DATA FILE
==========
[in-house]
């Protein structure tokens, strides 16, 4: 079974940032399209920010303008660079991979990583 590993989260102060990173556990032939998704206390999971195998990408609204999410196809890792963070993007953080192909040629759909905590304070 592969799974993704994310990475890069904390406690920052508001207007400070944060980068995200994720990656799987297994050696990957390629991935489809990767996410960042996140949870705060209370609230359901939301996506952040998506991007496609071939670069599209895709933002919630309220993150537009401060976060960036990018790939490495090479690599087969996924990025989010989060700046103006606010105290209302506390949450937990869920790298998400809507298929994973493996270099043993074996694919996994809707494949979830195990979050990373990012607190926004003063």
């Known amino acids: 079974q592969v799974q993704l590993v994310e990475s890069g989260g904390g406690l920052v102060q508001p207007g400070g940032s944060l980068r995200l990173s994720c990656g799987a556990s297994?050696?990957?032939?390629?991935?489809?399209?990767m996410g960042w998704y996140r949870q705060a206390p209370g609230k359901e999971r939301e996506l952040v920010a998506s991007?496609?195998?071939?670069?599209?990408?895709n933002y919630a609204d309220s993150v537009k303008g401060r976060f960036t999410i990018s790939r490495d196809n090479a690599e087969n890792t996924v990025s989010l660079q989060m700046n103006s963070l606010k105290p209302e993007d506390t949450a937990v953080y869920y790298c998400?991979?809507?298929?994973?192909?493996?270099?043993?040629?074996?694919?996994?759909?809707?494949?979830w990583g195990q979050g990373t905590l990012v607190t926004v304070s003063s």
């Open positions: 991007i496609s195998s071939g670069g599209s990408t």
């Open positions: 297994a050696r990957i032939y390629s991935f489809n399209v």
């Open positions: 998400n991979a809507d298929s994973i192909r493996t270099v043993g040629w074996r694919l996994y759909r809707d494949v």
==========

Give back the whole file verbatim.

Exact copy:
[in-house]
């Protein structure tokens, strides 16, 4: 079974940032399209920010303008660079991979990583 590993989260102060990173556990032939998704206390999971195998990408609204999410196809890792963070993007953080192909040629759909905590304070 592969799974993704994310990475890069904390406690920052508001207007400070944060980068995200994720990656799987297994050696990957390629991935489809990767996410960042996140949870705060209370609230359901939301996506952040998506991007496609071939670069599209895709933002919630309220993150537009401060976060960036990018790939490495090479690599087969996924990025989010989060700046103006606010105290209302506390949450937990869920790298998400809507298929994973493996270099043993074996694919996994809707494949979830195990979050990373990012607190926004003063």
């Known amino acids: 079974q592969v799974q993704l590993v994310e990475s890069g989260g904390g406690l920052v102060q508001p207007g400070g940032s944060l980068r995200l990173s994720c990656g799987a556990s297994?050696?990957?032939?390629?991935?489809?399209?990767m996410g960042w998704y996140r949870q705060a206390p209370g609230k359901e999971r939301e996506l952040v920010a998506s991007?496609?195998?071939?670069?599209?990408?895709n933002y919630a609204d309220s993150v537009k303008g401060r976060f960036t999410i990018s790939r490495d196809n090479a690599e087969n890792t996924v990025s989010l660079q989060m700046n103006s963070l606010k105290p209302e993007d506390t949450a937990v953080y869920y790298c998400?991979?809507?298929?994973?192909?493996?270099?043993?040629?074996?694919?996994?759909?809707?494949?979830w990583g195990q979050g990373t905590l990012v607190t926004v304070s003063s």
């Open positions: 991007i496609s195998s071939g670069g599209s990408t």
């Open positions: 297994a050696r990957i032939y390629s991935f489809n399209v």
């Open positions: 998400n991979a809507d298929s994973i192909r493996t270099v043993g040629w074996r694919l996994y759909r809707d494949v």